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Single Parenting Photo Essays

The Wilson Quarterly (1976-)

Description:

The Wilson Quarterly, which began publishing in 1976, provides a nonpartisan and nonideological window on the world of ideas. By presenting the best writing and thinking of academics, specialists, and others to a broad audience, it aims to overcome the specialization and information overload that prevent the public from following developments in significant realms of knowledge. The magazine ranges over many subject areas but always with an eye to public questions: issues in politics and policy, culture, religion, science, and other fields that bear upon our public life.

Coverage: 1976-2014 (Vol. 1, No. 1 - Vol. 38, No. 1)

Moving Wall: 1 year (What is the moving wall?)

The "moving wall" represents the time period between the last issue available in JSTOR and the most recently published issue of a journal. Moving walls are generally represented in years. In rare instances, a publisher has elected to have a "zero" moving wall, so their current issues are available in JSTOR shortly after publication.
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For example, if the current year is 2008 and a journal has a 5 year moving wall, articles from the year 2002 are available.

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Complete: Journals that are no longer published or that have been combined with another title.

ISSN: 03633276

EISSN: 2328529X

Subjects: Political Science, Social Sciences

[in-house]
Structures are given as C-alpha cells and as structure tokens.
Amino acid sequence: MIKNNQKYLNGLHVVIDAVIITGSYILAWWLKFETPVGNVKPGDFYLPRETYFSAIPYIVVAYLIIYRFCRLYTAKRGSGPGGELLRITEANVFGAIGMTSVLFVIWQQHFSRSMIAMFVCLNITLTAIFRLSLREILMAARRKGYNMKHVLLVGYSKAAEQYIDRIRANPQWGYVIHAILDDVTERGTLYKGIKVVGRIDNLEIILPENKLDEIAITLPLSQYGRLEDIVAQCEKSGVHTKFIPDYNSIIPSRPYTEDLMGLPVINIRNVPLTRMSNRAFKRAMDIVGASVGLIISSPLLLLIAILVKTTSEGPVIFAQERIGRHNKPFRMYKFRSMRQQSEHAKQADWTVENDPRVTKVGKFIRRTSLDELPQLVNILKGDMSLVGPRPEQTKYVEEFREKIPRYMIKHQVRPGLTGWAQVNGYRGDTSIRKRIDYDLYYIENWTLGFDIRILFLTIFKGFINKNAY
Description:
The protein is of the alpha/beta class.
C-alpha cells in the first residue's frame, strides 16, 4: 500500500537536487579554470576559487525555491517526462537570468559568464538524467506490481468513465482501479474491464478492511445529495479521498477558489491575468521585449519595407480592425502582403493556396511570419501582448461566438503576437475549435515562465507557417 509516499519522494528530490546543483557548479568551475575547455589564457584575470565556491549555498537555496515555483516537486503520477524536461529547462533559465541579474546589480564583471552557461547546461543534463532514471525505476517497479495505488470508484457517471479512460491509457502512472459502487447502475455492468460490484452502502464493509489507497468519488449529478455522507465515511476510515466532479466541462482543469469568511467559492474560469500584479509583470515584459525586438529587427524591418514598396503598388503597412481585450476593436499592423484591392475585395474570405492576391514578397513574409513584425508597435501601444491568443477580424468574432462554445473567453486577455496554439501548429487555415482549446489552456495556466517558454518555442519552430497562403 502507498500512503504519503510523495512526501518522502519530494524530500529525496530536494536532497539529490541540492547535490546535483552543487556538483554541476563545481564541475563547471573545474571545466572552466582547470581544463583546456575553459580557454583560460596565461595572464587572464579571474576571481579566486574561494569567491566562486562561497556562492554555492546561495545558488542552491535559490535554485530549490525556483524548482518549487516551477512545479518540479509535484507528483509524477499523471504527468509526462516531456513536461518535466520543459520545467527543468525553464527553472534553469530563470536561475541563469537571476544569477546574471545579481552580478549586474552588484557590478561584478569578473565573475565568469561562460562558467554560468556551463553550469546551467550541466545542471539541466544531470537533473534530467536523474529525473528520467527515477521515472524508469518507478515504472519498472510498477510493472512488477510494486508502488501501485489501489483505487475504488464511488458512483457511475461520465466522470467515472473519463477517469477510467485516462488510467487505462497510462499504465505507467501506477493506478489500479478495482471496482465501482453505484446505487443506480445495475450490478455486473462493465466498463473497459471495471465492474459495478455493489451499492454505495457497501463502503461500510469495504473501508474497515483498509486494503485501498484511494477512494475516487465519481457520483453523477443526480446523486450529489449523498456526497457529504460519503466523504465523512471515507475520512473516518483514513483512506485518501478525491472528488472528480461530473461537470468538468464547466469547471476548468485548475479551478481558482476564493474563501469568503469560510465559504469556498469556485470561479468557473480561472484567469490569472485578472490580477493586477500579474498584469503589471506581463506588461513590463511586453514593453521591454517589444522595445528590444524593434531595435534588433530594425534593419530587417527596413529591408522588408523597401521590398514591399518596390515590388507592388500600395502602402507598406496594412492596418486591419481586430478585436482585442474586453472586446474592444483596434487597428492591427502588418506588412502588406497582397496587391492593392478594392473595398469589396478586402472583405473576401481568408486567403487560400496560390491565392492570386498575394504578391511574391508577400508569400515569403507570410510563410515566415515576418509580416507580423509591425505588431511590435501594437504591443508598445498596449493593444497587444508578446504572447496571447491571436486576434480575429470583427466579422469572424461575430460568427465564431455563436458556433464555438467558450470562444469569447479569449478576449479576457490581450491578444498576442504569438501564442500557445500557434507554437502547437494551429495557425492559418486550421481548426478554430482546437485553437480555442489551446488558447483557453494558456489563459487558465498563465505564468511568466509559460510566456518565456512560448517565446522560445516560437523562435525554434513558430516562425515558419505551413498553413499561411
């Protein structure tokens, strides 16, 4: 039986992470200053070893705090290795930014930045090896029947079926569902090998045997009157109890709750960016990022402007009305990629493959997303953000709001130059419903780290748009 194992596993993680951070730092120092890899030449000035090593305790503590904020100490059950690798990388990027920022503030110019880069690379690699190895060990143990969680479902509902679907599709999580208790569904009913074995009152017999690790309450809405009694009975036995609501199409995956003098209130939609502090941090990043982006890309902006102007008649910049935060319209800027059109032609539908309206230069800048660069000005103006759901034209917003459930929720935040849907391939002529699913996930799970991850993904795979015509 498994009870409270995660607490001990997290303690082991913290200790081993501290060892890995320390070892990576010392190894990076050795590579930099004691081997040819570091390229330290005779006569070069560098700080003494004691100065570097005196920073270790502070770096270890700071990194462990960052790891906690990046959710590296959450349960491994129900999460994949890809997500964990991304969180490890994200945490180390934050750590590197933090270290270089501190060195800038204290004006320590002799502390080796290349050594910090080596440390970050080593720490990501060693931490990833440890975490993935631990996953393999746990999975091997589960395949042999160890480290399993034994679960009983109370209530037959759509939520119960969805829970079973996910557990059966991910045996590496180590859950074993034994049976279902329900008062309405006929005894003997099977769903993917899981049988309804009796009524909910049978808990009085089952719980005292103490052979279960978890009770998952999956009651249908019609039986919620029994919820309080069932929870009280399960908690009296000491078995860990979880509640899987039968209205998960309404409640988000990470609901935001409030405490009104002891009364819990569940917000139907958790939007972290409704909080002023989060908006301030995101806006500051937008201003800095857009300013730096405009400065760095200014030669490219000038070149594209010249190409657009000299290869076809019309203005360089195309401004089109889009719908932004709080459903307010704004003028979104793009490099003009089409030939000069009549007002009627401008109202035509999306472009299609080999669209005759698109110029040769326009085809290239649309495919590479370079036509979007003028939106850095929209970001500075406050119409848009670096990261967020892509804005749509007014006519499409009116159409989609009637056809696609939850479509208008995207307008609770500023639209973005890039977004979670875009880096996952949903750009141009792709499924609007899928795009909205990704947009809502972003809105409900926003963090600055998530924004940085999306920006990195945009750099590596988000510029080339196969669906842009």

Collections: Arts & Sciences VI Collection

Tale of Single Mothers, photo essay by Sayed Reza

From my childhood I didn’t see my mom to smile from the bottom of her heart, I’ve felt that she was always surrounded by an imperceptible torment, incessantly. My brother and I are like the whole world to her. She gave us the love and care of both mother and father at the same time. She is a working lady, all through her vocation she served in a very ordinary job. In spite of her hardship of ordinary life she couldn’t have cared less about me and my brother. My mom, a single mother, in a society like Bangladeshi society which is extremely hard to survive as one. Because of dominant Islamic cultural prejudice in Bangladeshi society it is difficult for a mother just to live without her husband. This practice isn’t still welcomed here by the mass.

Recently I’ve visited India under an artist exchange program. There I’ve met another single mother from Kolkata. Yes, her life is still exceptionally battling as well; however, I’ve watched her life and thoughts are altogether different from my mom. In India still single mothers are not welcomed by their society much, but rather as a result of the distinctions in overwhelming religious convictions things are somewhat diverse in Bangladesh and India. She isn’t hampered simply like my mother in view of societal contrasts. She hangs out with her male friends, enjoys drink with them and spends good time. By one means or another she has a few choices to recoup her forlornness and absence of a male accomplice.

Both of these women are struggling as single mothers in many extent. My plan is to work on these single mothers and their struggles throughout Bangladesh and India and I’d like to demonstrate their battles in various structures in view of different societal parameters.
(by Sayed Reza)

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